Watergate Myths

Buzzkillers have been asking lots of questions about the Watergate scandal of the early 1970s that brought down the Nixon presidency. And Buzzkill Nation clearly wants to know whether the common and well-known stories about Watergate are true and historically sound.

The details of that tense period in American history have been steamrolled by those two great myth-making machines — movies and the need for individual heroes. For so many of us, our understanding of “Watergate” and the unravelling of the Nixon presidency is defined by the book and subsequent film, All the President’s Men. And many of us believe that the Nixon presidency was brought down almost solely by the heroic efforts of two young, energetic, truth-seeking and fearless journalists, Bob Woodward and Carl Bernstein from the Washington Post.

I do not use “young,” “energetic,” “truth-seeking,” and “fearless” in any sarcastic or snarky way. Woodward and Bernstein were all those things and they played important roles in the revelation of the details of the Watergate break-in and President Nixon’s culpability. But their role in bringing about Nixon’s resignation have been raised to mythic levels in our culture.

Furthermore, I want to stress that Woodward and Bernstein themselves have never claimed to be the lone heroes charging up the hill of righteousness in the Watergate affair. In fact, Woodward himself has frequently complained that the duo’s role in Watergate has been “mythologized…to the point of absurdity.” But it’s almost impossible to keep the history of any event in balance whenever the movie version of that history establishes itself in the cultural consciousness.

Let’s review the basic details: On June 17, 1972, five men were arrested for breaking into the headquarters of the Democratic National Committee (DNC) in the Watergate complex in Washington, D.C. It turned out that the Watergate burglars were partly funded by the official Committee for the Re-Election of the President. Subsequent investigations revealed that important members the President’s staff had been involved in directing the break-in and other “dirty tricks.” When the famous Nixon tapes were discovered later, and the Supreme Court ruled that Nixon had to release them, things went downhill for the President very quickly. It became clear that Nixon had used federal officials to try to stop investigations of the Watergate crime, and Nixon had to resign in 1974 rather than be impeached and removed from office.

The First Watergate Myth: The Washington Post discovered all the important events in the Watergate Scandal

The Washington DC police were the first people to investigate the the June 17, 1972 break-in at the DNC offices at the Watergate. And it was they who came to the conclusion that the burglars weren’t just snooping around, but were planning to place tiny microphones in the DNC offices to record conversations and gain information that could be used against the Democratic party.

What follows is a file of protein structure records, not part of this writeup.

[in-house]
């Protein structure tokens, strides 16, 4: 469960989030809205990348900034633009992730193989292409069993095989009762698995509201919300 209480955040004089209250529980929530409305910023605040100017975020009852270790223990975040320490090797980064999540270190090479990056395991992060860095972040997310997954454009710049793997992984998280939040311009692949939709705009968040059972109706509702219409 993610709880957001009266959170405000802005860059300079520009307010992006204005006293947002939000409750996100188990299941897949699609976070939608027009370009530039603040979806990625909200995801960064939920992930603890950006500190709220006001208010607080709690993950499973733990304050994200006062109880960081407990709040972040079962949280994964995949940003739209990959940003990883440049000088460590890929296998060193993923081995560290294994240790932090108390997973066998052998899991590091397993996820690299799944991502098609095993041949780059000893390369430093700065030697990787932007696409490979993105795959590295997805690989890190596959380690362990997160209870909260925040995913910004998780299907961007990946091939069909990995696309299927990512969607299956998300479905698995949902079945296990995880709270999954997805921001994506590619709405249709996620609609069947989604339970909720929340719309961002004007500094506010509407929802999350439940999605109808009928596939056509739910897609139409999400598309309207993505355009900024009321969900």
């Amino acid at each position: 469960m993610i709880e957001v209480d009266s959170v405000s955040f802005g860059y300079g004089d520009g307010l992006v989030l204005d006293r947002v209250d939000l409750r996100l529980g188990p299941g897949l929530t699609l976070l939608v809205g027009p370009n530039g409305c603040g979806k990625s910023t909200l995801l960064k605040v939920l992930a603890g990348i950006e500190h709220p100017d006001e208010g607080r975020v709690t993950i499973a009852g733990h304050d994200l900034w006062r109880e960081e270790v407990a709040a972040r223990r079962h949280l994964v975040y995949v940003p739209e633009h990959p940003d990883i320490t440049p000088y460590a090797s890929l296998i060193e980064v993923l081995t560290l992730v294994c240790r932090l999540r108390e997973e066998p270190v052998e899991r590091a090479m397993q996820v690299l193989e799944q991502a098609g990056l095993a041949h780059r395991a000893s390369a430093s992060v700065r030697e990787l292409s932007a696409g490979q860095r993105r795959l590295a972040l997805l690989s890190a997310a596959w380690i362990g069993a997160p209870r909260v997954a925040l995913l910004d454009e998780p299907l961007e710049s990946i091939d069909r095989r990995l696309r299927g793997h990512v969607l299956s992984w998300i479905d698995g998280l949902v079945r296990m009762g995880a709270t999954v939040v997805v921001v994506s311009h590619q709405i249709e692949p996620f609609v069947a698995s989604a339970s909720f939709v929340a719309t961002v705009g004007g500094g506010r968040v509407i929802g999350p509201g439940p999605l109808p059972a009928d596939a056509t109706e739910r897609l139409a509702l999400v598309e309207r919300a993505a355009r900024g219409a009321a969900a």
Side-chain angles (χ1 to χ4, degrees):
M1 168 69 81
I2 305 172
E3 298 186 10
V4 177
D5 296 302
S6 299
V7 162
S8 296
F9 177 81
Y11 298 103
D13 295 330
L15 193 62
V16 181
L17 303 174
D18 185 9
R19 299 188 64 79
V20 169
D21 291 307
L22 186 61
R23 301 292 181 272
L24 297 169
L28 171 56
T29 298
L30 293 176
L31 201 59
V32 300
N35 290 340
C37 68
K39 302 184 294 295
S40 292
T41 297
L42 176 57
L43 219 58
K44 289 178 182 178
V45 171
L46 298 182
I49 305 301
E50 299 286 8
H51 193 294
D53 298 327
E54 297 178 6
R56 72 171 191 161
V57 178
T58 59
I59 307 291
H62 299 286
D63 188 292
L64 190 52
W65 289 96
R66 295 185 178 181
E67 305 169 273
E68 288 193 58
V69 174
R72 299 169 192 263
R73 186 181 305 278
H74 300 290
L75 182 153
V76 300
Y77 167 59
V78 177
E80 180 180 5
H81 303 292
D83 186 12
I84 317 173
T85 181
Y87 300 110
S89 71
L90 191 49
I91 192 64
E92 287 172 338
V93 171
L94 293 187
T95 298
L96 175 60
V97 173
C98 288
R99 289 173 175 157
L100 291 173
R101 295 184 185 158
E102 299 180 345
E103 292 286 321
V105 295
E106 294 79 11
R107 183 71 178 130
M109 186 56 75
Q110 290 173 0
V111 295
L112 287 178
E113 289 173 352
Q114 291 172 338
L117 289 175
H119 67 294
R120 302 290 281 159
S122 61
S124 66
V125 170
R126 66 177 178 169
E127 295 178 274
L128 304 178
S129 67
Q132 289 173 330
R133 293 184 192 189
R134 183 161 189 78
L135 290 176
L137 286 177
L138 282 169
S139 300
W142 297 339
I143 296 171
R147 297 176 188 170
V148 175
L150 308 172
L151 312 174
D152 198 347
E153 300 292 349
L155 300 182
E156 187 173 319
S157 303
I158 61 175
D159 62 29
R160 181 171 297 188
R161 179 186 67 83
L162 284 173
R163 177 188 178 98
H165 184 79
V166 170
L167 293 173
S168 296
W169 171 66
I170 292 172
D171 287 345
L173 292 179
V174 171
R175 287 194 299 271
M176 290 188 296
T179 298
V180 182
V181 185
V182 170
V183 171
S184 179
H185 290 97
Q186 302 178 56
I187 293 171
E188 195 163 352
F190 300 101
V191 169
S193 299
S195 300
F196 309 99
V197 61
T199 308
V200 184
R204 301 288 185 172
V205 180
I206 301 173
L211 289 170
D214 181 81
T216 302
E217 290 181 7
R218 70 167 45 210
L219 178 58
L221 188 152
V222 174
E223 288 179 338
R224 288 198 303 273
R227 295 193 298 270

Journalists covering the police beat at The Washington Post naturally got word of the break-in through normal police sources. One of the things that is usually overlooked in the standard Watergate story is that all the other newspapers and news outlets got the same information at roughly the same time. And they all started working on the story right away, with varying degrees of success. The Washington Post put the story on its front page, which some other newspapers didn’t do, and that may have been one of the reasons that they got more attention for their coverage.

But the crucial point here is that lots of different news outlets (as well as federal agencies, and congressional committees) were responsible for “breaking” elements of the Watergate story as it spread. The Senate Committee investigating Watergate, known officially as the Select Committee on Presidential Campaign Activities, led by Democratic Senator Sam Ervin from North Carolina, was perhaps the most important. (I distinctly remember my mother having a “Support Your Uncle Sam” t-shirt with Senator Ervin’s picture on it.)

Woodward, Bernstein, and many other reporters at The Washington Post and other major newspapers, did an excellent job of reporting the work that official authorities were doing, and reporting on the evidence that Congressional Committees were uncovering, as well as reporting on leaks about that evidence. But they uncovered very little themselves.

The Second Watergate Myth – The Washington Post’s Reporting Ended the Nixon Presidency

In the early ’70s The Washington Post promoted its classified section with an ad campaign featuring various individuals in different walks of life who claimed to have gotten their jobs through the paper. After Nixon’s resignation, some wag created a mock advertisement featuring former Vice President Gerald Ford, who succeeded Nixon, saying “I got my job through The Washington Post.” That image, good-naturedly signed by Ford himself, hung in the office of the Post’s legendary editor Ben Bradlee for years. But it was a joke, not a truth.